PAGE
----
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Jefferson's Letter to the Danbury Baptists
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God and Government
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Thomas Jefferson's Letter

The argument over spending federal monies for faith-based initiatives is just the most recent battle in a long war over the role of religion in American political life. Among the documents both sides call into evidence are not only the Constitution and the Bill of Rights, but also a letter written by then-President Thomas Jefferson. (Read the letter.)

There is a debate to this day as to the intent and the meaning of Jefferson's letter to the Danbury Baptists, in which he spoke of a "wall of separation between Church and State." Some say he was responding to pressure from the Baptists to set aside a day of fasting. Some say that his letter was a response to a rumor that Congregationalism was to become the national religion.

In recent years, religious conservatives and others have attacked the principle of separation of church and state. The main strategy has been to trivialize Jefferson's letter, arguing that it was written hastily as a thank you note for a gift he received from the Baptists. However, it has also been documented that Jefferson sent the first draft of his letter to his attorney general for comments and corrections, then wrote notes about what was revised in the letter in the margins before sending out the official letter. Some claim that these things suggest the letter was carefully written.

Scholars have long been analyzing Jefferson's words and actions to determine how the phrase in question should be interpreted. Read what some of them have said below.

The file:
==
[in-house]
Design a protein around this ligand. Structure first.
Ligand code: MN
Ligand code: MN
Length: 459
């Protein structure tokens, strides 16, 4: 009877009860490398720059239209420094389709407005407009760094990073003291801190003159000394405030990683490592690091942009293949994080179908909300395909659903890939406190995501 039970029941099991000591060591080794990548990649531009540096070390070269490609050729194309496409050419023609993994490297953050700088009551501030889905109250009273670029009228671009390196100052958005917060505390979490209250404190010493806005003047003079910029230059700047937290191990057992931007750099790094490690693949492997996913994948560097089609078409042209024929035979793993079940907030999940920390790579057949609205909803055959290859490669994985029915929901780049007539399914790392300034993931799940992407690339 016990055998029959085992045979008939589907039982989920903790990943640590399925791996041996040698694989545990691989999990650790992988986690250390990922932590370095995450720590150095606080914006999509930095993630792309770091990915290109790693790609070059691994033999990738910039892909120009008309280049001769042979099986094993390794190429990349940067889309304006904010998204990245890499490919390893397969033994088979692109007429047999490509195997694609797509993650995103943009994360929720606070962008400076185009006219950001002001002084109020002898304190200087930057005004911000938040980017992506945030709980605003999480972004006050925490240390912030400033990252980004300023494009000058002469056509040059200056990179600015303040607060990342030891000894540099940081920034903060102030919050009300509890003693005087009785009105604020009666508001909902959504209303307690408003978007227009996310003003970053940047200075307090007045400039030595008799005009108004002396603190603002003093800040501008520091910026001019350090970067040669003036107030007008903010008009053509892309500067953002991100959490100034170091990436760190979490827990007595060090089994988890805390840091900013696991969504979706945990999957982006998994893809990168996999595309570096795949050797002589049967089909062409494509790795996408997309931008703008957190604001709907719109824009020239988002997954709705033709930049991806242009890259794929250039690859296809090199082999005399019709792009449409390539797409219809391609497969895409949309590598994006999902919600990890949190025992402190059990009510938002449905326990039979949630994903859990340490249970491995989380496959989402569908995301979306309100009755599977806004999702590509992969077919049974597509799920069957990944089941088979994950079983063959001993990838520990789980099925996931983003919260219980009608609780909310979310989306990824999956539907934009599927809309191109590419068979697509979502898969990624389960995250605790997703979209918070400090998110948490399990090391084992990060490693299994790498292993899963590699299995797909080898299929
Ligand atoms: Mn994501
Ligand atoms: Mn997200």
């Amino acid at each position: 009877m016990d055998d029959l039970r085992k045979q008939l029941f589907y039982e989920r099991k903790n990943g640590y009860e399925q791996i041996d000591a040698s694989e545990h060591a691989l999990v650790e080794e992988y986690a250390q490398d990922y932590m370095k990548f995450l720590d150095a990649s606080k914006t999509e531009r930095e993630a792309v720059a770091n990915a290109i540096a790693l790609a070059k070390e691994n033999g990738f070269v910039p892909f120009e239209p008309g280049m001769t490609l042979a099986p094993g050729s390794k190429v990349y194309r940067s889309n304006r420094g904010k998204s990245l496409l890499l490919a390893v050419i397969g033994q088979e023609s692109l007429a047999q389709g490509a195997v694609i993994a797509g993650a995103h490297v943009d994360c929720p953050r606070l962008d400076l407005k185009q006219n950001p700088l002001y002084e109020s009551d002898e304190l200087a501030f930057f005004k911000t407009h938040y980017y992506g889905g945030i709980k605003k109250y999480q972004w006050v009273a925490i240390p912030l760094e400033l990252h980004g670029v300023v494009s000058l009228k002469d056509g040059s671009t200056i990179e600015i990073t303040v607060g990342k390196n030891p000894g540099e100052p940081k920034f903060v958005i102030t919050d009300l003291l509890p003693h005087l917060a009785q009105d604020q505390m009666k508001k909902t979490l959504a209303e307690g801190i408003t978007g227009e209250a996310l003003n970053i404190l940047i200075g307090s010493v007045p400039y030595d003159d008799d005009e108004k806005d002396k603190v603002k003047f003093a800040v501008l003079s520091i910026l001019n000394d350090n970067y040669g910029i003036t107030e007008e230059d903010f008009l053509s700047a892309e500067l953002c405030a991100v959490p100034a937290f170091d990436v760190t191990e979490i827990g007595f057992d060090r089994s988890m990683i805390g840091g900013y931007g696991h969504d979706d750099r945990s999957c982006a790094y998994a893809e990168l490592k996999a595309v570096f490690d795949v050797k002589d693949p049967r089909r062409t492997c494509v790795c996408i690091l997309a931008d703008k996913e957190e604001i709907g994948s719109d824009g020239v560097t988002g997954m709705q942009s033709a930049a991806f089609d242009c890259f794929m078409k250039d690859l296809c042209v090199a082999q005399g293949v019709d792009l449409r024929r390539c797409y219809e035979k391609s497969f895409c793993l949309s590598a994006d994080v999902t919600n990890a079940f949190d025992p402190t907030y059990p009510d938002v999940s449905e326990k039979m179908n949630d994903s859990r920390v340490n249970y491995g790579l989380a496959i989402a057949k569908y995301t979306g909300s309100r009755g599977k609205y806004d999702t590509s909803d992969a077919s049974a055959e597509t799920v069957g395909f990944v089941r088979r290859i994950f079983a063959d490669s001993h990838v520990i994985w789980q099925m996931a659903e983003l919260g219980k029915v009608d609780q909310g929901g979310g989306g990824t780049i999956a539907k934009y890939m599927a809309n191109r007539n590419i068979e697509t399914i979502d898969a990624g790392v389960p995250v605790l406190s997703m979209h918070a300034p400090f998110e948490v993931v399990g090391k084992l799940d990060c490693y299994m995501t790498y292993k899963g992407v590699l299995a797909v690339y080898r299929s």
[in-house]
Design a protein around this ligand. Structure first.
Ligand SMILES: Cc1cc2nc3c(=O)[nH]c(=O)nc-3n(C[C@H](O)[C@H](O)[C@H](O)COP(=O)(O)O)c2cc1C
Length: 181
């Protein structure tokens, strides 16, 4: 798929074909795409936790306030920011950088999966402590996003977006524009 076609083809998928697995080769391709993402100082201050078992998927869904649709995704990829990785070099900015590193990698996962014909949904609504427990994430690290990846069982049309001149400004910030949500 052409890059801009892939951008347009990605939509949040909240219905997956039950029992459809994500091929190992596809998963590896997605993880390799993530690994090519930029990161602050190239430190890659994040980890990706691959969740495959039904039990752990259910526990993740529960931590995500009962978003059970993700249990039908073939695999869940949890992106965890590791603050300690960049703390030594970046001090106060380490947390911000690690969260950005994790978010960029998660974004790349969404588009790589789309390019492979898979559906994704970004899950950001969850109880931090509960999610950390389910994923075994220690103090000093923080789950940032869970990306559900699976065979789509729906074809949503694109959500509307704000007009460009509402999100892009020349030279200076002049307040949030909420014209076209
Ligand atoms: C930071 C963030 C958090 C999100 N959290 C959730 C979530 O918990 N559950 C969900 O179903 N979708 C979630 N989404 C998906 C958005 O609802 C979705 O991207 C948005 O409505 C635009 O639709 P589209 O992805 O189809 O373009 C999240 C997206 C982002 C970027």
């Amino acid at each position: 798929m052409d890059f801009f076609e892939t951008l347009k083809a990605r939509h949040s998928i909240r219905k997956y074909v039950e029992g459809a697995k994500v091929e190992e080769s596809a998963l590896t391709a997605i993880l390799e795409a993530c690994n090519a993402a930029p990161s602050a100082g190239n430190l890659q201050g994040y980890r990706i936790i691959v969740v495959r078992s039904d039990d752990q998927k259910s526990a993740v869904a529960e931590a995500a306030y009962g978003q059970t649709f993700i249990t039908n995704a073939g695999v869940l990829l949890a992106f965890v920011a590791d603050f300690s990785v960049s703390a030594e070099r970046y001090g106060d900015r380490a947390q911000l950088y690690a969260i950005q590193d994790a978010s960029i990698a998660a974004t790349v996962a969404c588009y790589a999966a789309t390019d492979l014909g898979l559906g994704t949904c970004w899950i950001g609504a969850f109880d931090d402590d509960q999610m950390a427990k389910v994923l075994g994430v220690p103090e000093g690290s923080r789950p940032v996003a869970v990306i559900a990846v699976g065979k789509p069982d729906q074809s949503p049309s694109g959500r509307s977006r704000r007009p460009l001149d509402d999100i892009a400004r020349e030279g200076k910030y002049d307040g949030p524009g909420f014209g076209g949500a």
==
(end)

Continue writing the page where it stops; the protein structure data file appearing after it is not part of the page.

Defending SeparationOpposing Separation
"The letter was the subject of intense scrutiny by Jefferson, and he consulted a couple of New England politicians to assure that his words would not offend while still conveying his message: it was not the place of the Congress or the Executive to do anything that might be misconstrued as the establishment of religion."

- Stephen Mount,

Pat Robertson, founder of the Christian Coalition, calls Jefferson's letter an "angry note" which "mentioned in passing that the First Amendment had built a wall of separation between church and state."
"This was no mere assurance that Congress could not establish a national religion. It was a response to the very thesis of the Baptists' letter: that religious rights are by nature inalienable. The Baptists wanted that view to prevail in Connecticut. Jefferson's metaphor assured them that this was already true on the national level, and that the federal government had no right to legislate on religious matters in any way."

- Tom Peters, Jim Allison and Susan Batte, Separation of Church and State Homepage

"Jefferson believed that God, not government, was the Author and Source of our rights and that the government, therefore, was to be prevented from interference with those rights. Very simply, the 'fence' of the Webster letter and the 'wall' of the Danbury letter were not to limit religious activities in public; rather they were to limit the power of the government to prohibit or interfere with those expressions."

- David Barton, "The Separation of Church and State"